The other collected species were L. pessoai, L. whitmani, L. migonei, L. shannoni, L. fischeriL. misionensisBrumptomyia avellari and B. guimaraesi. These species were found together with L. intermedia on 24 occasions, and only in two captures, those made at Santa Tecla and Posadas (Mártires Stream), B. guimaraesi and L. pessoai were found alone. Captures of L. intermediasimultaneously with other species were customary in Corpus and Santa Tecla (Table I), but only ocurred once in Mártires (L. pessoai), Itaembé (L. whitmani), Candelaria and Ituzaingó (B. avellari).

Using the modified Shannon trap in Eldorado, on the banks of the Paraná river, without any records of previous cases, and in Cerro Azul, with historical records, no Phlebotominae were obtained. On the other hand, in Andresito, in a thickly forested peridomicile close to a recent human case, 35 Phlebotominae, 23 L. intermedia s. l. (65.7%) (male: female 1:1), 9 L. whitmani(25.7%) (male: female 1:2) and 3 females of L. shannoni (8.6%) were captured.



Phlebotominae are cited by 11 species in the literature for the provinces of Misiones and Corrientes, captured mainly between 1947 and 1951 (Bejarano & Duret 1950, Castro 1959a,b, Del Ponte 1960, Borda et al. 1998). Six of these species are reported in this study; another four of them (L. longipalpis, L. quinquefer, L. monticola and L. cortelezzii) were collected after 1998 (unpublished), and the other two, cited for single specimens from 1948, were not found (L. pascaleiL. alphabetica). Captures of L. fischeri, B. avellari and B. guimaraesi are recent (Spinelli et al. 1999); the rarity of the first and the little attraction for light and null anthropophily of Brumptomyia (Young & Arias 1992), would be the cause of their absence in previous records.

The presence of L. intermedia was observed throughout the year, showing peaks in later autumn (1994), others of higher magnitude associated to relatively scarce rainfall (1995, 1996, 1997, March - 1998), and maximum peaks related to exceptional rainfall in the season or in the previous years (1996 and 1997). Regarding the lower thermic amplitude and the more temperate winter of Misiones, the annual pattern was consistent with that obtained for this species in the focus of leishmaniasis in the province of Salta. In this latter, abundance was associated to temperate seasons with moderate rain, to the years after one of exceptional precipitation, and to the fact that the risk of transmission of leishmaniasis is higher in autumn (Salomón 1997).

The historical area of dispersion of Phlebotominae in Misiones has suffered, in the last decades, an intense process of deforestation and reforestation, as well as environmental modifications due to dam construction, both phenomena associated in the literature with vector concentration, microfoci of parasite circulation and epidemic outbreaks (Lainson 1989, Gomes et al. 1990, Mott et al. 1990, Walsh et al. 1993, Tolezano 1994). Captures were carried out on environment associated with the gallery forest of the Paraná river or smaller streams and in ecotones between the primary forest and deforested areas, where the concentration/abundance of vectors could be increased by periodic inundations (Salomón 1997). In the greatly modified environment with open vegetation (Montecarlo, Candelaria, Posadas) few captures were obtained (the most productivity being obtained in the residual forest of Candelaria and Itaembé), with peaks in dry winters. Unseasonable peaks in Ituzaingó could be due to anthropic action or to a non-recorded local meteorological phenomenon. In the less modified environment or transitional environment with thick vegetation (Corpus, Santa Tecla) the captures were more numerous, and because there was very little human interference the meteorological variables could be better observed. The better preserved forest and the greater distance from human settlements could explain the higher magnitude of the captures in Corpus. The abundance of B. guimaraesi in Santa Teclarequires a focal investigation into potential host dynamics and spacial distribution.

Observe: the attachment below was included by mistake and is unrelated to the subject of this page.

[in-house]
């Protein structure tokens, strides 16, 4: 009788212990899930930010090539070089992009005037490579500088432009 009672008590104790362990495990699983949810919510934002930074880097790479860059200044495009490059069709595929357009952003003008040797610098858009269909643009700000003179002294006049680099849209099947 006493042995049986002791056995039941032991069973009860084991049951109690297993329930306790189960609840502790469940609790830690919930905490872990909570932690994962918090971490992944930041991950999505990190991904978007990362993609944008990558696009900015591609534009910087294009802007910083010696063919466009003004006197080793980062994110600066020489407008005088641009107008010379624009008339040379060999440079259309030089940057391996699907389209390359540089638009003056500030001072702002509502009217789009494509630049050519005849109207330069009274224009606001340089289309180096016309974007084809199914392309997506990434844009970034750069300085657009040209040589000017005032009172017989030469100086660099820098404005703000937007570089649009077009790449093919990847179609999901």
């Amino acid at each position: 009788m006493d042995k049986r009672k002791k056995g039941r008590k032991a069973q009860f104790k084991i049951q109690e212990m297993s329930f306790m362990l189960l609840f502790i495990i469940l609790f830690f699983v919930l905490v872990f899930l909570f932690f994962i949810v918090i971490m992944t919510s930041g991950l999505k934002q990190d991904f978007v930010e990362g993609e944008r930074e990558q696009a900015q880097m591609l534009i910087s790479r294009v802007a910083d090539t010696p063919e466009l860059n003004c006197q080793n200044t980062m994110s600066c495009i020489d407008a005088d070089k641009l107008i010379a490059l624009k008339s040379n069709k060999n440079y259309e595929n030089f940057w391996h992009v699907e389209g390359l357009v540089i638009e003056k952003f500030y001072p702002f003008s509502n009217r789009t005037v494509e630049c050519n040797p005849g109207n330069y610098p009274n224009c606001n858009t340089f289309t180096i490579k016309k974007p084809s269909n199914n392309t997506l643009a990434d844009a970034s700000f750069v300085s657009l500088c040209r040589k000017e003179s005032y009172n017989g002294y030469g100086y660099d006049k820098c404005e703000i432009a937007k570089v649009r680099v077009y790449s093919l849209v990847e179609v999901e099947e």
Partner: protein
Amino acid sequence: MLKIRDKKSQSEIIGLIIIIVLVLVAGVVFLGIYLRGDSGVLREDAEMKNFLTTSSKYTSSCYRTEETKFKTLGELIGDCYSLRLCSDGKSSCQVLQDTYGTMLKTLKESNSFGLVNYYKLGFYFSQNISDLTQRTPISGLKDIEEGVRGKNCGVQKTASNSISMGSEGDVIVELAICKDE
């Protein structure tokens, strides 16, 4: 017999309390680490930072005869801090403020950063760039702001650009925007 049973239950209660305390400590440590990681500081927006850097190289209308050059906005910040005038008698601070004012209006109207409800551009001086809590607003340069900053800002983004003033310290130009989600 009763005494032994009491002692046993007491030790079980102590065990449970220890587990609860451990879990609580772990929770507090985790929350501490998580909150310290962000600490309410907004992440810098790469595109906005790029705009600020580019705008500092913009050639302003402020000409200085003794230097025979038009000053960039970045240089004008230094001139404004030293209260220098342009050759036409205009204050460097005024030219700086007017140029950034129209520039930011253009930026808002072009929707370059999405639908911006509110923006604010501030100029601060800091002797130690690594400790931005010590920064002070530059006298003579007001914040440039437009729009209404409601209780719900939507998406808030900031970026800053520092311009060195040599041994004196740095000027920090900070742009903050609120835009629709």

The literature records isolations of L. (V.) braziliensis from L. whitmani, L. intermedia, L. migonei and L. pessoai (Young & Arias 1992). Captures in Andresito allow one to obtain a profile of anthropophagic species at a site of transmission prior to the outbreak, simultaneously with captures with the light trap. The prevalent species was L. intermedia, followed by L. whitmaniL. intermediawas considered as a possible vector of L. (V.) braziliensis during recent outbreaks in modified environments; L. whitmani has been its primary vector, responsible for the traditional sporadic transmission, and associated with work in the forest (Lainson & Shaw 1979, Gomes et al. 1990, Pereira & Hoch 1990, Rangel et al. 1990, 1992, Stolf et al. 1993, Gomes 1994, Queiroz et al. 1994, Tolezano 1994, Salomón 1997, Salomón & Zaidemberg 1997).

Results of sand fly captures have been evaluated from historical, meteorological, anthropic and microecological variables. In conclusion, the fauna of Phlebotominae of the province of Misiones has not suffered qualitative changes at a macrogeographical level, which would lead to an epidemic outbreak. However, metapopulations of already present species can colonize new environments or even became extinct which would modify their local density and spacial distribution. L. intermedia, possible vector of L. (V.) braziliensis, was the prevalent species in the captures in Misiones, and its abundance was associated with thickly forested environments of primary secondary ecotones and the proximity of bodies of water. These conditions can be heightened or nullified by microecological characteristics provoked by anthropic activity. L. intermedia, in proper environments, showed peaks of exceptional abundance, subsequent to rainfall peaks in the previous season/year, as has already been observed in the epidemic focus of the northwestern Argentina (Salomón 1997). This phenomenon, observed in Misiones towards the end of 1997, if it occurred in vector populations infected with Leishmania close to a human settlement, with ecological conditions which allowed colonization of the surroundings of the house, could have generated the 1998 epidemic outbreak.